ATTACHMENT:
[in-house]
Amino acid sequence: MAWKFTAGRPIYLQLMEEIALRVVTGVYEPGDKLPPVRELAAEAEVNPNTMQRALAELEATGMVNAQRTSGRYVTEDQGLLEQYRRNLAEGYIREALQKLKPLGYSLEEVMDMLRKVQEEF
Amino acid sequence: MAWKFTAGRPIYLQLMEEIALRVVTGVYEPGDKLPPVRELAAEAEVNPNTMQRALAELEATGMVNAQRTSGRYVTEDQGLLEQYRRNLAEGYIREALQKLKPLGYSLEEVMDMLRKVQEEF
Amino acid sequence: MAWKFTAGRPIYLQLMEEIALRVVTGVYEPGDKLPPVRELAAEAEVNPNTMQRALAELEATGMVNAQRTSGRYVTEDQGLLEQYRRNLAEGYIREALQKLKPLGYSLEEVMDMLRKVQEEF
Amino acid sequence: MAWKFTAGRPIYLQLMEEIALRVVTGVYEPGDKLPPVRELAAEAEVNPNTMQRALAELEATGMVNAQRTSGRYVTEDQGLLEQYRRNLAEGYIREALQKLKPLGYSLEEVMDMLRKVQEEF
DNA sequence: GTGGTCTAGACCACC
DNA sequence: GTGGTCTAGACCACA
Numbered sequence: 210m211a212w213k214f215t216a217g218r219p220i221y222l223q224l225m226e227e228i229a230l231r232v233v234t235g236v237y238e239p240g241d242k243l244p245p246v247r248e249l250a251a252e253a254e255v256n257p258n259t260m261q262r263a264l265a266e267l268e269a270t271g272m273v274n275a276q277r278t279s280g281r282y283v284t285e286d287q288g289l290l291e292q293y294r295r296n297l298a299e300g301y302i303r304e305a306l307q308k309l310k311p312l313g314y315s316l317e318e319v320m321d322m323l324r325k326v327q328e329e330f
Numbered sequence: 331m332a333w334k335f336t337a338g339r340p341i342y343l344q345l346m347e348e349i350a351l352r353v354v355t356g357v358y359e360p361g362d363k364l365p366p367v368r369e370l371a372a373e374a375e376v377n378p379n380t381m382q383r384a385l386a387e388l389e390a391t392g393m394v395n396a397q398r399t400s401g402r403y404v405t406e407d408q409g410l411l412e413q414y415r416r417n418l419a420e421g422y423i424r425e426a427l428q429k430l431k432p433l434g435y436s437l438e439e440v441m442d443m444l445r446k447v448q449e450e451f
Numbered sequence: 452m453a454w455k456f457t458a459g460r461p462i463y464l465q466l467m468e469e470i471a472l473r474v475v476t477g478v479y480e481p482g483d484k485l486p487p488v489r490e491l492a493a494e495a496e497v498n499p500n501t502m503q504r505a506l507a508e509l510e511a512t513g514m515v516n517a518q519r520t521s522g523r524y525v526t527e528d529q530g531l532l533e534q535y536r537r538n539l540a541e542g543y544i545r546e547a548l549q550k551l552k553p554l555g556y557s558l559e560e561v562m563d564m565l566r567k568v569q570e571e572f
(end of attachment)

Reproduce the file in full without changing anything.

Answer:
[in-house]
Amino acid sequence: MAWKFTAGRPIYLQLMEEIALRVVTGVYEPGDKLPPVRELAAEAEVNPNTMQRALAELEATGMVNAQRTSGRYVTEDQGLLEQYRRNLAEGYIREALQKLKPLGYSLEEVMDMLRKVQEEF
Amino acid sequence: MAWKFTAGRPIYLQLMEEIALRVVTGVYEPGDKLPPVRELAAEAEVNPNTMQRALAELEATGMVNAQRTSGRYVTEDQGLLEQYRRNLAEGYIREALQKLKPLGYSLEEVMDMLRKVQEEF
Amino acid sequence: MAWKFTAGRPIYLQLMEEIALRVVTGVYEPGDKLPPVRELAAEAEVNPNTMQRALAELEATGMVNAQRTSGRYVTEDQGLLEQYRRNLAEGYIREALQKLKPLGYSLEEVMDMLRKVQEEF
Amino acid sequence: MAWKFTAGRPIYLQLMEEIALRVVTGVYEPGDKLPPVRELAAEAEVNPNTMQRALAELEATGMVNAQRTSGRYVTEDQGLLEQYRRNLAEGYIREALQKLKPLGYSLEEVMDMLRKVQEEF
DNA sequence: GTGGTCTAGACCACC
DNA sequence: GTGGTCTAGACCACA
Numbered sequence: 210m211a212w213k214f215t216a217g218r219p220i221y222l223q224l225m226e227e228i229a230l231r232v233v234t235g236v237y238e239p240g241d242k243l244p245p246v247r248e249l250a251a252e253a254e255v256n257p258n259t260m261q262r263a264l265a266e267l268e269a270t271g272m273v274n275a276q277r278t279s280g281r282y283v284t285e286d287q288g289l290l291e292q293y294r295r296n297l298a299e300g301y302i303r304e305a306l307q308k309l310k311p312l313g314y315s316l317e318e319v320m321d322m323l324r325k326v327q328e329e330f
Numbered sequence: 331m332a333w334k335f336t337a338g339r340p341i342y343l344q345l346m347e348e349i350a351l352r353v354v355t356g357v358y359e360p361g362d363k364l365p366p367v368r369e370l371a372a373e374a375e376v377n378p379n380t381m382q383r384a385l386a387e388l389e390a391t392g393m394v395n396a397q398r399t400s401g402r403y404v405t406e407d408q409g410l411l412e413q414y415r416r417n418l419a420e421g422y423i424r425e426a427l428q429k430l431k432p433l434g435y436s437l438e439e440v441m442d443m444l445r446k447v448q449e450e451f
Numbered sequence: 452m453a454w455k456f457t458a459g460r461p462i463y464l465q466l467m468e469e470i471a472l473r474v475v476t477g478v479y480e481p482g483d484k485l486p487p488v489r490e491l492a493a494e495a496e497v498n499p500n501t502m503q504r505a506l507a508e509l510e511a512t513g514m515v516n517a518q519r520t521s522g523r524y525v526t527e528d529q530g531l532l533e534q535y536r537r538n539l540a541e542g543y544i545r546e547a548l549q550k551l552k553p554l555g556y557s558l559e560e561v562m563d564m565l566r567k568v569q570e571e572f